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From "Barefoot" Bill L.
Step 2 Came to believe that a Power greater than ourselves could restore us to sanity.
The chapter "We Agnostics", which begins on page 44, starts with a good review of Step 1:
"In the preceding chapters you have learned something of alcoholism. We hope we have made clear the distinction between the alcoholic and the non-alcoholic. If, when you honestly want to, you find you cannot quit entirely, or if when drinking, you have little control over the amount you take, you are probably alcoholic. If that be the case, you may be suffering from an illness which only a spiritual experience will conquer." Let me repeat that last part: "If that be the case, you may be suffering from an illness which ONLY a spiritual experience will conquer."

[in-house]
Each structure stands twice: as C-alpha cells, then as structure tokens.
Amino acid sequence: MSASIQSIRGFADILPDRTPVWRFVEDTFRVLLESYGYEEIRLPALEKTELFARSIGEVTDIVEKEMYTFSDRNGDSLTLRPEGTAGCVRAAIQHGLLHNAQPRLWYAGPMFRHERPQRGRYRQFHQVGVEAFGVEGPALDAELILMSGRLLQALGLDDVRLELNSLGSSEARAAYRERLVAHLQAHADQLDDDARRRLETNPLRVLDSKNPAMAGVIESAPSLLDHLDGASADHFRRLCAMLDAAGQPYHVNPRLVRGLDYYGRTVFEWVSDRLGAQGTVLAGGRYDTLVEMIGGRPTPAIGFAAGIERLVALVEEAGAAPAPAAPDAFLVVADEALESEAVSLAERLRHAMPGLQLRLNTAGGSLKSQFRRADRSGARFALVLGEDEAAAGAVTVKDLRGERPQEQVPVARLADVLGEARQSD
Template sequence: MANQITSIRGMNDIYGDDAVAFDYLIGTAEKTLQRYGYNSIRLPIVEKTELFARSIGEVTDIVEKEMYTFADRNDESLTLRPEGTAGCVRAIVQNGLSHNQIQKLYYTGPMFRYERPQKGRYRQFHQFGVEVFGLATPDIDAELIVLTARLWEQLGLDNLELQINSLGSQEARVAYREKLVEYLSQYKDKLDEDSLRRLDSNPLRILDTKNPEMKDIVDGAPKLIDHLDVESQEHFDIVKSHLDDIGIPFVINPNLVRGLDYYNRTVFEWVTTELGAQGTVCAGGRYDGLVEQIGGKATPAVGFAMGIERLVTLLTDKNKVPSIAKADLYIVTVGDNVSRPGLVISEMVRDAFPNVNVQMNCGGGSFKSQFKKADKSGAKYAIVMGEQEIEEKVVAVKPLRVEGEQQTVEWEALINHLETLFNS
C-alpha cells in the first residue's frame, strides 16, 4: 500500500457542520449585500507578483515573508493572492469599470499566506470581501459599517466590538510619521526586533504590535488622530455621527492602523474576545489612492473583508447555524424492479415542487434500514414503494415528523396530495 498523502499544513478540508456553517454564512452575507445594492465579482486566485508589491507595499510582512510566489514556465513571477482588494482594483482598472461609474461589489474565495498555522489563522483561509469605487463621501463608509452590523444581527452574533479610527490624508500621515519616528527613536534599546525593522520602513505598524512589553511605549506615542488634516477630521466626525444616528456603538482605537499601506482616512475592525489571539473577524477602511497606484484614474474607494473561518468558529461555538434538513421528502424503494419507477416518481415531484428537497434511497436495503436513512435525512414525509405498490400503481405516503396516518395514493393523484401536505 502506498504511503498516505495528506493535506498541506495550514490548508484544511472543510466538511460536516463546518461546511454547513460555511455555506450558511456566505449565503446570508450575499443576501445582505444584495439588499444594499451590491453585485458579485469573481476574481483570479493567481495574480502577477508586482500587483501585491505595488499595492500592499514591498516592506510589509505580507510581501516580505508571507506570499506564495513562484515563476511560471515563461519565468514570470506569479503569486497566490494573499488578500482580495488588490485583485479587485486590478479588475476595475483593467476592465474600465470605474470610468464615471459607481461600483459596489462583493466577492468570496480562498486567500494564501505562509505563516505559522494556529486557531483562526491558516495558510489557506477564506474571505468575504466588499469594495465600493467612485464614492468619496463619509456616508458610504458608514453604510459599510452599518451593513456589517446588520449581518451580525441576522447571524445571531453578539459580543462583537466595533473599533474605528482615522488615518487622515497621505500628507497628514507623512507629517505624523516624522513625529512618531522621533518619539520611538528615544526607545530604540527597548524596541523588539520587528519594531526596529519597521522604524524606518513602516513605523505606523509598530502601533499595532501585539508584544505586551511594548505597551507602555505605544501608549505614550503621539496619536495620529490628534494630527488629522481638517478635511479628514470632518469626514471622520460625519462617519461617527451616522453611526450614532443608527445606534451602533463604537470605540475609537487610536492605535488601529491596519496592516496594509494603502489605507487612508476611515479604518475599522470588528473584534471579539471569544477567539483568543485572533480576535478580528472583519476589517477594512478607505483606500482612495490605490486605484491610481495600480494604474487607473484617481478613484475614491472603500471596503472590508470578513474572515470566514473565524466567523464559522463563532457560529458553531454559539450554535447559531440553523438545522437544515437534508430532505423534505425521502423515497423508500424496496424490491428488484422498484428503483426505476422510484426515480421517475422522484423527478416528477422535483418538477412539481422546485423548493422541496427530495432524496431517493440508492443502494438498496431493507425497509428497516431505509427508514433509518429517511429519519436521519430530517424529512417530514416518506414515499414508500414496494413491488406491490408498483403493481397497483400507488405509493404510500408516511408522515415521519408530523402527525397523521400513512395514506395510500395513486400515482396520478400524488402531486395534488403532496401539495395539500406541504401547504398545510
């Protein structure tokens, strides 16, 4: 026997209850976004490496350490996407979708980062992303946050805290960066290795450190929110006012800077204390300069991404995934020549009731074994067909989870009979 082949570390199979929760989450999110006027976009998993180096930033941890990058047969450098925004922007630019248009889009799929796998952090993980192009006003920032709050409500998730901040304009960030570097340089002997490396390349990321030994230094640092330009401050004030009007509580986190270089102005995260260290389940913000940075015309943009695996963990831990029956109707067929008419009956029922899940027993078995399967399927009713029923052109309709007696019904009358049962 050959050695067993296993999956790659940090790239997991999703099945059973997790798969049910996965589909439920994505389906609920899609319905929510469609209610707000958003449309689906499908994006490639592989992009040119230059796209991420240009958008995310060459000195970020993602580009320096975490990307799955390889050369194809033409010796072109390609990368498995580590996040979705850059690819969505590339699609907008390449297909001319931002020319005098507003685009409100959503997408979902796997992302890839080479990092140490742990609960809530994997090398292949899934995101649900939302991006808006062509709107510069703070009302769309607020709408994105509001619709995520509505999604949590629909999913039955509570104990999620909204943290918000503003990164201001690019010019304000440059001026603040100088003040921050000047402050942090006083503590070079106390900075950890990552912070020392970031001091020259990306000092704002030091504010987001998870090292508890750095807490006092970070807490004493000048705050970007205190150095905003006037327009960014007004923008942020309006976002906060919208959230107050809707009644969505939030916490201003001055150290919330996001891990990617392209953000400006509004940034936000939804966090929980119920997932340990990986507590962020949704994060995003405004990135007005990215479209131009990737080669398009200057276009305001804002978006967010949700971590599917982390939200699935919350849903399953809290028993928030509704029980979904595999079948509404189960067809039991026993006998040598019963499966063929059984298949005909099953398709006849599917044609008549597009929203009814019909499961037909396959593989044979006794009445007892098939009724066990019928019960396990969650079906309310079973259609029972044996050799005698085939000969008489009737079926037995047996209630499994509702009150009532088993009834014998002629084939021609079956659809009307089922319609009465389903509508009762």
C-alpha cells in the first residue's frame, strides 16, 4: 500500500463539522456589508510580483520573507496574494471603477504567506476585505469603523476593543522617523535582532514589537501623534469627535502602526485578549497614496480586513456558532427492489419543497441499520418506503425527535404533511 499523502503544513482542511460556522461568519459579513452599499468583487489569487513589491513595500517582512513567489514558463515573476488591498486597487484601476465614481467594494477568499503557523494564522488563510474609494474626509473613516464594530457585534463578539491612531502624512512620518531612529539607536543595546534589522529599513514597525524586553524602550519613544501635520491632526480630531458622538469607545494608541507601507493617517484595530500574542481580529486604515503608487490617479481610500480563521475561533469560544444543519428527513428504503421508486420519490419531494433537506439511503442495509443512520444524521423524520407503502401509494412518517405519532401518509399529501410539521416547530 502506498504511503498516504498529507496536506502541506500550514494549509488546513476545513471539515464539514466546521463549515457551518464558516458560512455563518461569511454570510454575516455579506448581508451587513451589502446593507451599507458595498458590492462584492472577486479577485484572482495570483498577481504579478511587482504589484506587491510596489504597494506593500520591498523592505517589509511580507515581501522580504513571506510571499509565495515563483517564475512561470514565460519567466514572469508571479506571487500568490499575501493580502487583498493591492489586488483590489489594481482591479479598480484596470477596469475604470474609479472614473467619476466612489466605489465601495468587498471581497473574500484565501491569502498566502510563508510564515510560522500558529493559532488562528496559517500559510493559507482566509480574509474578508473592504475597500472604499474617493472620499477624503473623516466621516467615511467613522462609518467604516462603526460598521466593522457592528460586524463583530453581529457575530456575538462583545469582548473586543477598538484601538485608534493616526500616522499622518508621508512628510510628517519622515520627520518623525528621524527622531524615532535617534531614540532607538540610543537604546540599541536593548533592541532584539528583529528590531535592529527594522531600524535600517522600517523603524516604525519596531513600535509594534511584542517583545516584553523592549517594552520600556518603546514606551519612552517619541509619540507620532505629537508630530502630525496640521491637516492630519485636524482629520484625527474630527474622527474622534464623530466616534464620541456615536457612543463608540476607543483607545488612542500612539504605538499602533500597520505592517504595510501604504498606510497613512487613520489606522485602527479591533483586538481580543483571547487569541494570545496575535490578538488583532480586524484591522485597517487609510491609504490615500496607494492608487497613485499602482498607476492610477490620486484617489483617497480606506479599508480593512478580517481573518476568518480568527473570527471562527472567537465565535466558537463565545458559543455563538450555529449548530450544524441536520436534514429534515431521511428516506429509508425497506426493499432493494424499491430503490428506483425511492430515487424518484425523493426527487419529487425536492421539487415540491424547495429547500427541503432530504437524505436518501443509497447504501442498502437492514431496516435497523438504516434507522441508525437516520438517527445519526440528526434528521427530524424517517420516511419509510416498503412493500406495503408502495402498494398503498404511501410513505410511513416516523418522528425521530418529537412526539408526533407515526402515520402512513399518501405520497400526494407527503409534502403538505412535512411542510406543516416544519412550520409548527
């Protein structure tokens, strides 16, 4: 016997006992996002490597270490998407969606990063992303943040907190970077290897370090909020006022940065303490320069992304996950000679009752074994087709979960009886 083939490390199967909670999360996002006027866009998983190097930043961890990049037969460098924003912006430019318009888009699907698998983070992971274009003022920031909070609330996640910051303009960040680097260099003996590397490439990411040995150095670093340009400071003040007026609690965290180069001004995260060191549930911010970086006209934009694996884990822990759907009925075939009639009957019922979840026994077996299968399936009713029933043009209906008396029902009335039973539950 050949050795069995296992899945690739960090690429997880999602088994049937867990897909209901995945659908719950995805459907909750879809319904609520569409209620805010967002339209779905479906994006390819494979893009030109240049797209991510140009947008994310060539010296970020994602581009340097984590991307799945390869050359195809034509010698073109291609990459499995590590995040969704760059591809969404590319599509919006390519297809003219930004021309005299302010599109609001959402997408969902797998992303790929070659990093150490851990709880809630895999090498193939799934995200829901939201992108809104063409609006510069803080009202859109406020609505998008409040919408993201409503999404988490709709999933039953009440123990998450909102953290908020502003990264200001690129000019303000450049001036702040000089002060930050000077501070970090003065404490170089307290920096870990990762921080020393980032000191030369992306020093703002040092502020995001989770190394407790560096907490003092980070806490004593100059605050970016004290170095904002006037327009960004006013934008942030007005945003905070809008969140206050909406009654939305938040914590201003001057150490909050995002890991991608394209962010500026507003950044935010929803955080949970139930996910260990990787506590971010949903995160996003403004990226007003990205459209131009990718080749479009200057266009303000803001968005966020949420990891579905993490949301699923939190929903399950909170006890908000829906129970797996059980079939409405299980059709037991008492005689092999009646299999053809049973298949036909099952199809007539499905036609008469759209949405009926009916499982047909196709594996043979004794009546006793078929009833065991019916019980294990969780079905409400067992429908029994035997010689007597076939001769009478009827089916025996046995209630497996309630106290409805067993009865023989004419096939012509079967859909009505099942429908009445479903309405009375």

Now we know what we have to do in order to recover from alcoholism. We must undergo a life changing, spiritual transformation.
We realize this is not the answer many of you expected to find in Alcoholics Anonymous. But, please keep in mind that alcoholism IS a fatal, progressive illness. Prior to A.A., most alcoholics either died drunk or were locked up in jails or insane asylums.
In the middle of page 44, the authors once again tell us our options:
"To one who feels he is an atheist or agnostic such an experience seems impossible, but to continue as he is means disaster, especially if he is an alcoholic of the hopeless variety. To be doomed to an alcoholic death or to live on a spiritual basis are not always easy alternatives to face."